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To Tell the Truth 

Third version of the veteran game show, where a celebrity panel must decide who the actual person associated with a story is.




1   Unknown  
1981   1980  


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Series cast summary:
Robin Ward ...  Himself - Host 11 episodes, 1980-1981
Alan Kalter Alan Kalter ...  Himself - Announcer 11 episodes, 1980-1981
Nipsey Russell ...  Himself - Panelist 8 episodes, 1980-1981
Soupy Sales ...  Himself - Panelist 5 episodes, 1980-1981
Kitty Carlisle ...  Herself - Panelist 5 episodes, 1980-1981


As in the previous incarnations, the 1980 version of "To Tell the Truth" featured a team of three contestants one the actual person associated with a story and two imposters. After the affidavit is read, the celebrity panelists question the three contestants in an attempt to ferret out the liars. The celebrities then voted separately as to who they thought was the real person associated with the story. Payoffs were based on the team's ability to fool the panel $100 per incorrect vote and $1,000 for four incorrect votes. Two such games were played per show. Written by Brian Rathjen <briguy_52732@yahoo.com>

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Family | Game-Show








Release Date:

1980 (USA) See more »

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Version of To Tell the Truth (2000) See more »


To Tell The Truth
(1980-1981 Edition)
Written and Performed by Robert Israel (as Robert Arnold Israel) & Michael J. Malone (as Michael Malone)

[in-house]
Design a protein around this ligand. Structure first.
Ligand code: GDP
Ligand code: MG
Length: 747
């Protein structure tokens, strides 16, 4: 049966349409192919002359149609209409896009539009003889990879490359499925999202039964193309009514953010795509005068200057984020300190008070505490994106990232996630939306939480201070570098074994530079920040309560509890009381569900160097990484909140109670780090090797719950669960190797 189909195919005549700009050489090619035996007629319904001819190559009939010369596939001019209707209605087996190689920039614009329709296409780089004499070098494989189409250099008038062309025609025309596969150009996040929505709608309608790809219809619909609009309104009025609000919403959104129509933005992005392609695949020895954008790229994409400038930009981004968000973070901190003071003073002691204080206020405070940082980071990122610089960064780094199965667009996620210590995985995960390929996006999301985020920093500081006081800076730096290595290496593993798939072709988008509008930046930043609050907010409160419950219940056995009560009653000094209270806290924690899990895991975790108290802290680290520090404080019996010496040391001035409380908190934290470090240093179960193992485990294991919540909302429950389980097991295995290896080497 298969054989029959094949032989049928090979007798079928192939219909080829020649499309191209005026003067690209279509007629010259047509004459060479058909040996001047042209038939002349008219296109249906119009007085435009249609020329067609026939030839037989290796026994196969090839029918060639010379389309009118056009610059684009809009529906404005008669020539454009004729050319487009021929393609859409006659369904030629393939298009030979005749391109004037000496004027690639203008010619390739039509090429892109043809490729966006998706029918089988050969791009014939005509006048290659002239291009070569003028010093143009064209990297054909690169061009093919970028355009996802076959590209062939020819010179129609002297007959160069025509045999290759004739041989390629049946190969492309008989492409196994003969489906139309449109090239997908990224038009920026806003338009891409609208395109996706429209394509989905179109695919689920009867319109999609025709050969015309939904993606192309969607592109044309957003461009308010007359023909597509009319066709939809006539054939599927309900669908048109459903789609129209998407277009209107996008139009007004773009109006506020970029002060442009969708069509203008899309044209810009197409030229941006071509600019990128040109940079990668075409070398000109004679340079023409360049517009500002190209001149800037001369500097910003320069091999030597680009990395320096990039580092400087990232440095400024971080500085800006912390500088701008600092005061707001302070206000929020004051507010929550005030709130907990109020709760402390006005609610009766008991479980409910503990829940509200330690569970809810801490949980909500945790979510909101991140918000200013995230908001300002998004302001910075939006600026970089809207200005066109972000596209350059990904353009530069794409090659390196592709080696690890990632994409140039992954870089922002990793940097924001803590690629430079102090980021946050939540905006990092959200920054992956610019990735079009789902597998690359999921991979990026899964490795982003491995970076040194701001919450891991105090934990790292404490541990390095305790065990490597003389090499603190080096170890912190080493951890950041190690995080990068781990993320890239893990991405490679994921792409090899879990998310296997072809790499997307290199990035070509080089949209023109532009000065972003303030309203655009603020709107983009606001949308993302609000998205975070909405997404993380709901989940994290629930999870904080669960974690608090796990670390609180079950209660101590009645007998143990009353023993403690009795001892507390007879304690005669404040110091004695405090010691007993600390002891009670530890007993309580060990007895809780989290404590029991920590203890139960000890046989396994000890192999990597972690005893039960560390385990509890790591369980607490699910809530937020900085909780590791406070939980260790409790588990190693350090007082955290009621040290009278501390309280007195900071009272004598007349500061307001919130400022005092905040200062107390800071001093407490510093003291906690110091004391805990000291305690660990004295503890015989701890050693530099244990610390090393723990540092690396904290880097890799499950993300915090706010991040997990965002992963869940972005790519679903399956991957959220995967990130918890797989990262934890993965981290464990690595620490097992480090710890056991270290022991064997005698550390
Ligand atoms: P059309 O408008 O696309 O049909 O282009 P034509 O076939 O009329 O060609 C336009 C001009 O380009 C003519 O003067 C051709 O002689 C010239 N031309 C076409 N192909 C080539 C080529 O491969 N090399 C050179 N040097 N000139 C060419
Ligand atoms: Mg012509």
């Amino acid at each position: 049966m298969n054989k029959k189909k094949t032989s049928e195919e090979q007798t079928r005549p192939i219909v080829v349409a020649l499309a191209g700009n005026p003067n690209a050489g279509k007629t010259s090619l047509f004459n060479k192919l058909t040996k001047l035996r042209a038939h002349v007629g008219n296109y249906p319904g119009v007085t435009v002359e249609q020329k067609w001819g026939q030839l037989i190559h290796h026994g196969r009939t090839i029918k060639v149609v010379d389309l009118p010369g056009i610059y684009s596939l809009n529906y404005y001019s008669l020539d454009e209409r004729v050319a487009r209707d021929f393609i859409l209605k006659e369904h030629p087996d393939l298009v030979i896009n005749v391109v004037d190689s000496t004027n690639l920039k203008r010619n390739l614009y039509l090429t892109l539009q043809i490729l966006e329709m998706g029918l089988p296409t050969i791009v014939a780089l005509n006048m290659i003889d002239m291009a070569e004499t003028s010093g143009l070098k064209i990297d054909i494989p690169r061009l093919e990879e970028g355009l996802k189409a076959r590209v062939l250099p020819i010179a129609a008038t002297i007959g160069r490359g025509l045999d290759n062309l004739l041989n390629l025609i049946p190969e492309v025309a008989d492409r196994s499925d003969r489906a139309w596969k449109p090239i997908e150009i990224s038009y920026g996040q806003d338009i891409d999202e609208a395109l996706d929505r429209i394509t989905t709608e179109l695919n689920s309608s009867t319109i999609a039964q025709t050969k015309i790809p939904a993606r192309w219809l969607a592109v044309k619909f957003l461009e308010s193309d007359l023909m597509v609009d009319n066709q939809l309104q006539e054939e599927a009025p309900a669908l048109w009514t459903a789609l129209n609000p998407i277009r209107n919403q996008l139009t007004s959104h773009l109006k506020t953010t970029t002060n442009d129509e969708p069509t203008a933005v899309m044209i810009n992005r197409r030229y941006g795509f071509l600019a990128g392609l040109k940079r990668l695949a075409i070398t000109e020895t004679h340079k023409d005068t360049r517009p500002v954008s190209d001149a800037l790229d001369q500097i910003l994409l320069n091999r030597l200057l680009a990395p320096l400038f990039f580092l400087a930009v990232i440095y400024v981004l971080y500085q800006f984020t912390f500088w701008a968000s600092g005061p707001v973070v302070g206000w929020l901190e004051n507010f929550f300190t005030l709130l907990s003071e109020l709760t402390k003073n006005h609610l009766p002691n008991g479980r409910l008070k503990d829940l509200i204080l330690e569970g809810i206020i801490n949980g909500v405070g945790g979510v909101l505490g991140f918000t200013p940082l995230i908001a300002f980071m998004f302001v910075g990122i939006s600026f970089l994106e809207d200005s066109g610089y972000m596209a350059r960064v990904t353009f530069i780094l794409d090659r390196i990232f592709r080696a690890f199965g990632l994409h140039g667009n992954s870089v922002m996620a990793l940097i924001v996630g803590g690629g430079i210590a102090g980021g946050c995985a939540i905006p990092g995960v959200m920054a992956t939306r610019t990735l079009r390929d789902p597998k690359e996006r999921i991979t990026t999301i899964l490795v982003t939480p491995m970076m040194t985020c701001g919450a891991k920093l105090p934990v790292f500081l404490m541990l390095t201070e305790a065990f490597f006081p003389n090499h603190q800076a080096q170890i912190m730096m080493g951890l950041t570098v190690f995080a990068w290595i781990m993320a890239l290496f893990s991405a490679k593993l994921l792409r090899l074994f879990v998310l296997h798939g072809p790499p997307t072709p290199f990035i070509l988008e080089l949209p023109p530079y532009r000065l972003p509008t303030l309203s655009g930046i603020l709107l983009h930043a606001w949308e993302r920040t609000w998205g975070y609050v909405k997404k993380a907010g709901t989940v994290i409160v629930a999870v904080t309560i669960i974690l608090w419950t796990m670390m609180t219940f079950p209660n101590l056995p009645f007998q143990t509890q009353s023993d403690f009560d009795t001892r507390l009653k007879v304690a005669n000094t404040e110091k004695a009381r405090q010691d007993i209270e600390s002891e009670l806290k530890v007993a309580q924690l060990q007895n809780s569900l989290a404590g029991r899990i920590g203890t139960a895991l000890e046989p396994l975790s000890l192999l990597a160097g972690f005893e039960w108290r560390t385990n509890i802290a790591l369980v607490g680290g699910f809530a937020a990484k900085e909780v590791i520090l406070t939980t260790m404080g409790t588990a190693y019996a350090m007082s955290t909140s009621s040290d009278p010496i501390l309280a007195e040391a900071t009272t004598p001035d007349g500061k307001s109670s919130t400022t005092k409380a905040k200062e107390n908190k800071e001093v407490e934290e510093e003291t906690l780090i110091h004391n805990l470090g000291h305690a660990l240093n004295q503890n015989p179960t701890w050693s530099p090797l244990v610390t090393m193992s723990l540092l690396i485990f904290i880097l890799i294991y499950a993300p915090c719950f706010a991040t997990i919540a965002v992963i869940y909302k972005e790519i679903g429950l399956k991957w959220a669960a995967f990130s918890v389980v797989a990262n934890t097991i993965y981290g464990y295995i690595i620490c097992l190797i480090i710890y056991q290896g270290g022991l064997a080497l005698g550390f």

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User Reviews

Third Time Wasn't the Charm
7 June 2009 | by hfan77See all my reviews

Two years after To Tell the Truth wrapped up its long run in syndication, another version hit the airwaves in the fall of 1980. Like the first two, it was taped in New York. But unlike the first two, it featured a new host, Robin Ward and a panel that rotated from week to week instead of the familiar trio of Peggy Cass, Kitty Carlisle and Bill Cullen. Also, a new feature was added called "One on One", which featured the impostors from the two games, one of them had a unique claim to fame. Each of the four panelists would question one of the impostors and then would vote Yes or No.

To me, the addition of One on One was one unneeded addition to a format that has been successful for more than 20 years. The regular games seemed more rushed and there were no demonstrations, expect at the end of the show. Ward, another in the line of game show hosts from Canada along with Monty Hall and Alex Trebek was OK, but wasn't as good as his predecessors Bud Collyer and Garry Moore. The hurried format also left no time for banter between Ward and the panel.

On the positive side, there was interesting guests, including Larry King, the inventor of racquetball and a contestant who judges pickles. IMHO, it was why To Tell the Truth has been one of the best game shows of all-time, the extraordinary contestants on stage to stump the panel. This version had a run of only one season, way shorter than the first two. The third time wasn't the charm.

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